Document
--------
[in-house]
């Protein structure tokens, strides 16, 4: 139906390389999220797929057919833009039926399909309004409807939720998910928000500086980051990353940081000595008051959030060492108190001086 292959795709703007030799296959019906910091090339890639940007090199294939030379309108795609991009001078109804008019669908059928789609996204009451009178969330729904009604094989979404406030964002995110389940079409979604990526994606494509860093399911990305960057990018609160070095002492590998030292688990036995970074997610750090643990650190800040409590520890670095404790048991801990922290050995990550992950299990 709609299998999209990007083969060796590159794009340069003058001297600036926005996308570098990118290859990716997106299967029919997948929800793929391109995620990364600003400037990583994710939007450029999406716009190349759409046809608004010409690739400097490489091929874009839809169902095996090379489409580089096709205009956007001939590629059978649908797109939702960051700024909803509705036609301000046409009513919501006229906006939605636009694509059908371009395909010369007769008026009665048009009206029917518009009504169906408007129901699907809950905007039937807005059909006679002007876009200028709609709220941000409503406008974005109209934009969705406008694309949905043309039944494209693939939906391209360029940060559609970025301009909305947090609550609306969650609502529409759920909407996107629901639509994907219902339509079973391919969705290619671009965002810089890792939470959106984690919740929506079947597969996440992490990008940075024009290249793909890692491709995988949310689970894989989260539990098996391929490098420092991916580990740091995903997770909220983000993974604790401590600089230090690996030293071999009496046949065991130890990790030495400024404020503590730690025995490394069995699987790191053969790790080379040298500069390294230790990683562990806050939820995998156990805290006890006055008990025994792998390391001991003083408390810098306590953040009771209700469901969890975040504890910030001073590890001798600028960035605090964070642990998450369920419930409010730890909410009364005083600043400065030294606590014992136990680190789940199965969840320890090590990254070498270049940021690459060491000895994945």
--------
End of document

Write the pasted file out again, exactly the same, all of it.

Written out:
[in-house]
């Protein structure tokens, strides 16, 4: 139906390389999220797929057919833009039926399909309004409807939720998910928000500086980051990353940081000595008051959030060492108190001086 292959795709703007030799296959019906910091090339890639940007090199294939030379309108795609991009001078109804008019669908059928789609996204009451009178969330729904009604094989979404406030964002995110389940079409979604990526994606494509860093399911990305960057990018609160070095002492590998030292688990036995970074997610750090643990650190800040409590520890670095404790048991801990922290050995990550992950299990 709609299998999209990007083969060796590159794009340069003058001297600036926005996308570098990118290859990716997106299967029919997948929800793929391109995620990364600003400037990583994710939007450029999406716009190349759409046809608004010409690739400097490489091929874009839809169902095996090379489409580089096709205009956007001939590629059978649908797109939702960051700024909803509705036609301000046409009513919501006229906006939605636009694509059908371009395909010369007769008026009665048009009206029917518009009504169906408007129901699907809950905007039937807005059909006679002007876009200028709609709220941000409503406008974005109209934009969705406008694309949905043309039944494209693939939906391209360029940060559609970025301009909305947090609550609306969650609502529409759920909407996107629901639509994907219902339509079973391919969705290619671009965002810089890792939470959106984690919740929506079947597969996440992490990008940075024009290249793909890692491709995988949310689970894989989260539990098996391929490098420092991916580990740091995903997770909220983000993974604790401590600089230090690996030293071999009496046949065991130890990790030495400024404020503590730690025995490394069995699987790191053969790790080379040298500069390294230790990683562990806050939820995998156990805290006890006055008990025994792998390391001991003083408390810098306590953040009771209700469901969890975040504890910030001073590890001798600028960035605090964070642990998450369920419930409010730890909410009364005083600043400065030294606590014992136990680190789940199965969840320890090590990254070498270049940021690459060491000895994945």